This is not the first time the office has changed, and it likely won’t be the last. Physical office design has had to remain adaptable for decades, adjusting to support the needs of the workforce at the time.
“There’s a historical assumption that has existed for centuries: People need to go to work to do their jobs,” explains Jonathan Merin, Corporate and Commercial Studio Lead at design firm SMMA. “Now we have to ask ourselves new questions: What if the assumptions are no longer true? How do you look at these situations on a case-by-case basis as a design problem? Why is it that we are bringing people together, and how does it influence the ways we think about the workplace?”
Thus, in order to better understand the office requirements of today, it’s important to reflect on where the office has been. Let’s take a deep-dive into the evolution of the office, and how this can prepare us for what we need to know about the workplace of tomorrow.
Lessons from History
The concept of working 9-to-5 used to make a lot of sense, but today, it’s a bit superfluous. Simply put: perceptions have changed. Office spaces are being reconfigured to support a hybrid work force through more flexible, immersive, and engaging environments. However, the office has always changed over time. Below is just a brief recap of the many looks and feels of office design throughout the decades:
- In the 50s, office plans were open; some might even say that they evoked factory floors. This setup allowed managers to ensure productivity by having their employees visible at all times. Higher ranking employees had access to private offices and windows, which served as a status symbol and created a clear hierarchy.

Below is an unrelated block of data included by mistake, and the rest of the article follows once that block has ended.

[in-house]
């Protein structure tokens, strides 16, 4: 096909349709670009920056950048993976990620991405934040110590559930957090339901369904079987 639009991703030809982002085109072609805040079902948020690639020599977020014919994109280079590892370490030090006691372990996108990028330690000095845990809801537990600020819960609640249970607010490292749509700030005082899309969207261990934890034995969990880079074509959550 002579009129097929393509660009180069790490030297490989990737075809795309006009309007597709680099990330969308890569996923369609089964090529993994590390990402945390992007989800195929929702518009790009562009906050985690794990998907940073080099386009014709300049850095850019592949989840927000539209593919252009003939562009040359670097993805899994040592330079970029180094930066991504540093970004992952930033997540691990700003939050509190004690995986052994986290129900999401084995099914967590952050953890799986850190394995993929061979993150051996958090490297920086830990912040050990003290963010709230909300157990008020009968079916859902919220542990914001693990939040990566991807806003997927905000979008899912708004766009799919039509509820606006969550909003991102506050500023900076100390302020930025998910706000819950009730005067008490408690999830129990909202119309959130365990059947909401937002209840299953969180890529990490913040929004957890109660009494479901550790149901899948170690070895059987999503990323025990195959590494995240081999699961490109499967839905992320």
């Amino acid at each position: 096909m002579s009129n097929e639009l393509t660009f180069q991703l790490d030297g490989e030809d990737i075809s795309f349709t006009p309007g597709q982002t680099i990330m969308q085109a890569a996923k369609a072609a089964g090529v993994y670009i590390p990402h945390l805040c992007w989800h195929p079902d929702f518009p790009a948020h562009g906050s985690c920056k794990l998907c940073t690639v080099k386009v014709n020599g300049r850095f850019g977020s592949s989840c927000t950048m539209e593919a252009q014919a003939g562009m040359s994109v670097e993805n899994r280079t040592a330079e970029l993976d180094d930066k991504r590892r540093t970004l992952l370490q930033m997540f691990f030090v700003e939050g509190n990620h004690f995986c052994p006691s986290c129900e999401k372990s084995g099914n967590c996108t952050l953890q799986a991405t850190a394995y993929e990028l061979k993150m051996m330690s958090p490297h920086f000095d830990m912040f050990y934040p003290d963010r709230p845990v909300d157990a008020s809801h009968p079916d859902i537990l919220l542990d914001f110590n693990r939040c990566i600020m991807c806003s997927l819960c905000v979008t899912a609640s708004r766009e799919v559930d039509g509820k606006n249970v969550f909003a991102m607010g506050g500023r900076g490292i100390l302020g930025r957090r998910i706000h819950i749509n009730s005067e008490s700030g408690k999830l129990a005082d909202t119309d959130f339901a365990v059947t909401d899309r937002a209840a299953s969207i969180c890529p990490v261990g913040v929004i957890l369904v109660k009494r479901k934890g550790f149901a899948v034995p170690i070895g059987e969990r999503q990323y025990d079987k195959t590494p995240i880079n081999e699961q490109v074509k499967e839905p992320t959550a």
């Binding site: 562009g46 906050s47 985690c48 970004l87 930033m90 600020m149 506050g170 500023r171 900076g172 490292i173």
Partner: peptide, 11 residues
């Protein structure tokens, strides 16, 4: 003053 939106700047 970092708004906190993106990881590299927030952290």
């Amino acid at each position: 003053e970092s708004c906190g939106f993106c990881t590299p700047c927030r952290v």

- In the 60s, Robert Propst created the “action” office, which was an early predecessor of the cubicle. It had three walls, and allowed for employees to have more privacy while still being open for collaboration if needed. The cubicle continued to be popular throughout the 70s as well, which also saw the introduction of computers and other basic office equipment.
- Corporate culture grew dominant in the 80s, meaning that workplace design adopted more modern elements. Glass and concrete created cleaner lines of vision throughout the space, and workstations grew heavier and more cluttered as computers entered the mass market and offices needed the means to equip them.
- In the 90s, the workplace was purely utilitarian and functional. This meant that open offices began to re-promote their collaboration benefits (a message that contrasted with the open office concept seen in the 50s).
- Office trends in the early 2000s saw the invention of “coworking” spaces. These types of floor plans allowed people who were either independent contractors or employed by different companies to work in a shared setting. Coworking models sought to encourage interaction with like-minded individuals, share communal resources, and thus fuel innovation.